Details of Ways of Knowing: 8 Distorted Cognition

Extensive Explanation of “Compendium of Ways of Knowing”

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Contrast between Undistorted and Distorted Cognition

Distorted cognition is defined as a way of knowing that takes its own object in an inverted manner.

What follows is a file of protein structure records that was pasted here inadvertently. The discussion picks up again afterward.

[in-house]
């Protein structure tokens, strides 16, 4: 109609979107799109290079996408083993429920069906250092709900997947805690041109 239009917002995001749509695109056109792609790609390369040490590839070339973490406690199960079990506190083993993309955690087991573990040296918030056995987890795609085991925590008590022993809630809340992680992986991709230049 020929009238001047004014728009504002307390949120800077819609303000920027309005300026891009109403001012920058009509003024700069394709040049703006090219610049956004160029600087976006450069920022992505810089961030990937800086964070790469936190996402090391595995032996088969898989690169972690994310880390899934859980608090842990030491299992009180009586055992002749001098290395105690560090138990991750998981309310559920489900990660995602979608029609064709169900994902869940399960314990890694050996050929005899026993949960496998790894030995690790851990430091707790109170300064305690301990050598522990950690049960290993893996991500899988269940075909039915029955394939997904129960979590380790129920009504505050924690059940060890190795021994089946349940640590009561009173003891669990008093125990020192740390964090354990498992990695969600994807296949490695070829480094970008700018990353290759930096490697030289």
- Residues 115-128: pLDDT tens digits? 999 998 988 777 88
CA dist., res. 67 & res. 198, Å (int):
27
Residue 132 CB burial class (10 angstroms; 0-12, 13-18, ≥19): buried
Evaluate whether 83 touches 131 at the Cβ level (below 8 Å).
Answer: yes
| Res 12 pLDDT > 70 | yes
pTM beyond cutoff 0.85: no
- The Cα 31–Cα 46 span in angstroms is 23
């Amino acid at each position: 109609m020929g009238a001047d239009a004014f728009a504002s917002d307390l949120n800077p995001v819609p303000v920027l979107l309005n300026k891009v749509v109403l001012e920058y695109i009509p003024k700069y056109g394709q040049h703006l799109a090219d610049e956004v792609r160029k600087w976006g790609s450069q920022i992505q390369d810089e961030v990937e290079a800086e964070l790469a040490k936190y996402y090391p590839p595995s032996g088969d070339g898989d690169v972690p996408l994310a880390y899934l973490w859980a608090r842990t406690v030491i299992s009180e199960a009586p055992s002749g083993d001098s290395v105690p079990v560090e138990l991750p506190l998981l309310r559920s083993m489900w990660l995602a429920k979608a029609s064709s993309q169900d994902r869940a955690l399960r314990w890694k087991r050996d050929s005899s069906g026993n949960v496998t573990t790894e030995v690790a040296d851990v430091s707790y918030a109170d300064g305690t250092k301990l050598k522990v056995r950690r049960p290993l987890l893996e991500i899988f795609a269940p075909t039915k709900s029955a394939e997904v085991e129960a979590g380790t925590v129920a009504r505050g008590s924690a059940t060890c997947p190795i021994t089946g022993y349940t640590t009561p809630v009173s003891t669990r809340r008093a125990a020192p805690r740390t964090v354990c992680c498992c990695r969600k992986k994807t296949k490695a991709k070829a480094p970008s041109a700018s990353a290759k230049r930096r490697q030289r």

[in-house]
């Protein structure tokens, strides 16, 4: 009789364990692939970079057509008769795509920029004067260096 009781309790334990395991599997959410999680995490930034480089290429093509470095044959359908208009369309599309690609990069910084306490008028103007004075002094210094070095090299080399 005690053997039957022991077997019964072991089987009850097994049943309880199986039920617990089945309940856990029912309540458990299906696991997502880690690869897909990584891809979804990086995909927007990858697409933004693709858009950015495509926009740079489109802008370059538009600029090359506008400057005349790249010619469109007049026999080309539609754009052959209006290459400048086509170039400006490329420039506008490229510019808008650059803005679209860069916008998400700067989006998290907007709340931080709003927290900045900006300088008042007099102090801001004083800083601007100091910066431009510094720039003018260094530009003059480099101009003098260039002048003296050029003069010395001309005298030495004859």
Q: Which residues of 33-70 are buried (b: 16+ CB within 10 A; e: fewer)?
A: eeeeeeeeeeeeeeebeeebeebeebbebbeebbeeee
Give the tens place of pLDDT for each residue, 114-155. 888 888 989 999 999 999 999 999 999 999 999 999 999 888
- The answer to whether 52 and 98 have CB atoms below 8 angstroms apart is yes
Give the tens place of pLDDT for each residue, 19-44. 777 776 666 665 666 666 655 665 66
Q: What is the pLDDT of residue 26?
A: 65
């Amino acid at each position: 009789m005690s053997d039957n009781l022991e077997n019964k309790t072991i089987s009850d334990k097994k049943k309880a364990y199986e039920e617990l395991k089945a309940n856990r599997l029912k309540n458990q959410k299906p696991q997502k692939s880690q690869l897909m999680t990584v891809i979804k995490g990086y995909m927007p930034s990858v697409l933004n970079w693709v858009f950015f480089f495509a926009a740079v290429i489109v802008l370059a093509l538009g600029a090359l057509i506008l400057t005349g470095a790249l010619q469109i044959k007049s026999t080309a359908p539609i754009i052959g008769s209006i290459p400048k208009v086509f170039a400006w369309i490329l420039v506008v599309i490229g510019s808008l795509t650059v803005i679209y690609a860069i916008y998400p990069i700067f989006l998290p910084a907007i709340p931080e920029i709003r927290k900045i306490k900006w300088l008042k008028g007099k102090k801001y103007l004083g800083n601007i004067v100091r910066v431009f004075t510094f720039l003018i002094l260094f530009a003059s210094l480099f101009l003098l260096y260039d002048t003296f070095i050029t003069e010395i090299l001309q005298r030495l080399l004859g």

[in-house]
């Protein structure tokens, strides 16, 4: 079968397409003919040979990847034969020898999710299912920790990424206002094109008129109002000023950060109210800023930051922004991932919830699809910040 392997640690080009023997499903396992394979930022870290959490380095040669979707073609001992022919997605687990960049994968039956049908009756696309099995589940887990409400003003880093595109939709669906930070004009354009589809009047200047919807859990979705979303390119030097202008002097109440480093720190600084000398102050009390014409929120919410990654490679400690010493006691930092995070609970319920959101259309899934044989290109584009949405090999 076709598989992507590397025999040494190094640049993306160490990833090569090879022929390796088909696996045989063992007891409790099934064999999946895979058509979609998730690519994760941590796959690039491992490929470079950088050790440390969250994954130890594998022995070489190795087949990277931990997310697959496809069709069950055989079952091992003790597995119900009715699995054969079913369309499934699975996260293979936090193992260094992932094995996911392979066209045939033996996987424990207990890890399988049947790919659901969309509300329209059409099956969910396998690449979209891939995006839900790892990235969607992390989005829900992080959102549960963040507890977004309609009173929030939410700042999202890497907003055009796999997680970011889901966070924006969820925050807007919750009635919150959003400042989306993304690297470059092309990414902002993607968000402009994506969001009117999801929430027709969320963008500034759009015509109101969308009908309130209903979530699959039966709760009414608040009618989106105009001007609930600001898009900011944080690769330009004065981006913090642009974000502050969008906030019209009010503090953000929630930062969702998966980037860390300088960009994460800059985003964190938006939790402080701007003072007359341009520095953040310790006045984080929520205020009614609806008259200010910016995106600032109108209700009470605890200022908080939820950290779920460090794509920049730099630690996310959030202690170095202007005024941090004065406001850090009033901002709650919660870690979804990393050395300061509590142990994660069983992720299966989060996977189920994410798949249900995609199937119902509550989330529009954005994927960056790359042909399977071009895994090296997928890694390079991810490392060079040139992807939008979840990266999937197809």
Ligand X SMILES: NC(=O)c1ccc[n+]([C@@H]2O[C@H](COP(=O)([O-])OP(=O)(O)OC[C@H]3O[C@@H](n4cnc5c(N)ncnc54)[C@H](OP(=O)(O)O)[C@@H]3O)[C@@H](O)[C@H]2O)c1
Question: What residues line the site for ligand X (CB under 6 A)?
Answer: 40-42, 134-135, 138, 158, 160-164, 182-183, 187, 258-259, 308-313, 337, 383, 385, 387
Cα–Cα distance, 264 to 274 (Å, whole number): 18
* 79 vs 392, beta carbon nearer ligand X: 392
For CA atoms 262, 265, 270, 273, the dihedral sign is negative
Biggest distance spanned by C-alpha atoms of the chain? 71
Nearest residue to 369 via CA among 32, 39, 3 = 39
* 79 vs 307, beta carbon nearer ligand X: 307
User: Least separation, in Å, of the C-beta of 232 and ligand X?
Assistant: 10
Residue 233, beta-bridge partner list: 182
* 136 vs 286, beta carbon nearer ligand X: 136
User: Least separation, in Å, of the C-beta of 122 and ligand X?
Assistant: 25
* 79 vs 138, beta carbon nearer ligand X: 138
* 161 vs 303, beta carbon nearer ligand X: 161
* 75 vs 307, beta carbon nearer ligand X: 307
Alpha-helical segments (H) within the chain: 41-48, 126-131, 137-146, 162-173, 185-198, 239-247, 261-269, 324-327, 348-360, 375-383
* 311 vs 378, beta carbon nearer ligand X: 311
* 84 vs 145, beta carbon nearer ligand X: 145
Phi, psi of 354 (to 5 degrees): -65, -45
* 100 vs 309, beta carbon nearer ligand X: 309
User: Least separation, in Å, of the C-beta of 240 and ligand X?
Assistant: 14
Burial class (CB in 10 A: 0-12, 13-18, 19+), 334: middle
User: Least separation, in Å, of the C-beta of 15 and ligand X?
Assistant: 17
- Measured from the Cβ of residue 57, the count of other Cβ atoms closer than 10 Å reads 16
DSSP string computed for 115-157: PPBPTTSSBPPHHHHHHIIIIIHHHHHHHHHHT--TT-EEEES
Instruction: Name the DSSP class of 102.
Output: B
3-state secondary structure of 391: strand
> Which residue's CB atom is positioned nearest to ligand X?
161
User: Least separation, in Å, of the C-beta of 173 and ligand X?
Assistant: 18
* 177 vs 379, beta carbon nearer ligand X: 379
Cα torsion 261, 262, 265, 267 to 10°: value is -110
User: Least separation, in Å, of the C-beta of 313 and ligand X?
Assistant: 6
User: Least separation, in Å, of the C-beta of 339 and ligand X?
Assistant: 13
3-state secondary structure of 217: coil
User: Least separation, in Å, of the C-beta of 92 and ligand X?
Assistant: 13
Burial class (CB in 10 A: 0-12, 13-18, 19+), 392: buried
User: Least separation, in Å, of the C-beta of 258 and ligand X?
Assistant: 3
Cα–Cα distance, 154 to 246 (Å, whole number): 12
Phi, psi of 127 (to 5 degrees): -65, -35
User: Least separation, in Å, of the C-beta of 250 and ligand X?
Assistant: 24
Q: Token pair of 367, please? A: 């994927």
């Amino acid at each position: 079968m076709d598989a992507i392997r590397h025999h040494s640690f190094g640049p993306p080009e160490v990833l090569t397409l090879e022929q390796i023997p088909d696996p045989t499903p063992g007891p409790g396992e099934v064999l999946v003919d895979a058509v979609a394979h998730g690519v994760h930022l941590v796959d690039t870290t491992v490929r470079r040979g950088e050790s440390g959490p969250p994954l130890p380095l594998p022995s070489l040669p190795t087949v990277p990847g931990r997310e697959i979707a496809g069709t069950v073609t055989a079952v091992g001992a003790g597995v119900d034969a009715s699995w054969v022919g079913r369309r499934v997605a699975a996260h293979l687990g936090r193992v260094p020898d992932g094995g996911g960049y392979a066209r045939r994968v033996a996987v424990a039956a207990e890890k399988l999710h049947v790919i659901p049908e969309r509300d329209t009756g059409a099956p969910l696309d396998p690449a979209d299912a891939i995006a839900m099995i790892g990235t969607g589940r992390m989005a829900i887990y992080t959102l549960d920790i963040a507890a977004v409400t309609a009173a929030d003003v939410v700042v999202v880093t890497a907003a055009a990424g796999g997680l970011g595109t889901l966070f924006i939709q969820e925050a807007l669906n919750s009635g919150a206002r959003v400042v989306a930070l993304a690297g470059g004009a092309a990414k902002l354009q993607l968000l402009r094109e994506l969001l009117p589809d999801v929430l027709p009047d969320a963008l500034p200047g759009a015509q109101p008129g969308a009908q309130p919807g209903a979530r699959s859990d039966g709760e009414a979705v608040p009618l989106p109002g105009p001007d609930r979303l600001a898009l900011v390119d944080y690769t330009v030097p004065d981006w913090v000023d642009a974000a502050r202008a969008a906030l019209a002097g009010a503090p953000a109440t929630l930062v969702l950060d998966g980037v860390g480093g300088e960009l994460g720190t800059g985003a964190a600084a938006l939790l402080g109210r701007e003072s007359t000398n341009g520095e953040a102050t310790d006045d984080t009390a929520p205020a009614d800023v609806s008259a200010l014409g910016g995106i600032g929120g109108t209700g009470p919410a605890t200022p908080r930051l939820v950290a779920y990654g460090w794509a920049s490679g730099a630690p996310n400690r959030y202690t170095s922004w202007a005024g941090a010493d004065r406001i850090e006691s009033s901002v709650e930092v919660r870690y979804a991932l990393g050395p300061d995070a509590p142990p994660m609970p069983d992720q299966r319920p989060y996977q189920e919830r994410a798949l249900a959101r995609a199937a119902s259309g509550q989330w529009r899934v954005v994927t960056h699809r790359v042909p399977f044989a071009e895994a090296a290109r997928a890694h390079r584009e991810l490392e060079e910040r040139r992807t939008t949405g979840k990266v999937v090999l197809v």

Except for distorted cognition and the times when an indecisive wavering is considering a wrong conclusion, all the rest of the five invalid ways of knowing take their object in a manner that conforms with fact. Because of this, they can often be put to good use. Consider, for example, that you are at the beach and someone is drowning at a slight distance from the shore. At first, when you look out over the water, the form of the person may appear to your valid bare cognition, but you pay it no heed because your attention was involved in listening to music. This is non-determining visual cognition. If you left at that point, such invalid cognition would have been disastrous. But suppose a doubt arose in your mind when you peripherally saw some movement of arms fluttering about. You might then have indecisive wavering with your mental consciousness aimed at the person, taking them accurately as a person and being unsure whether they were in trouble or not.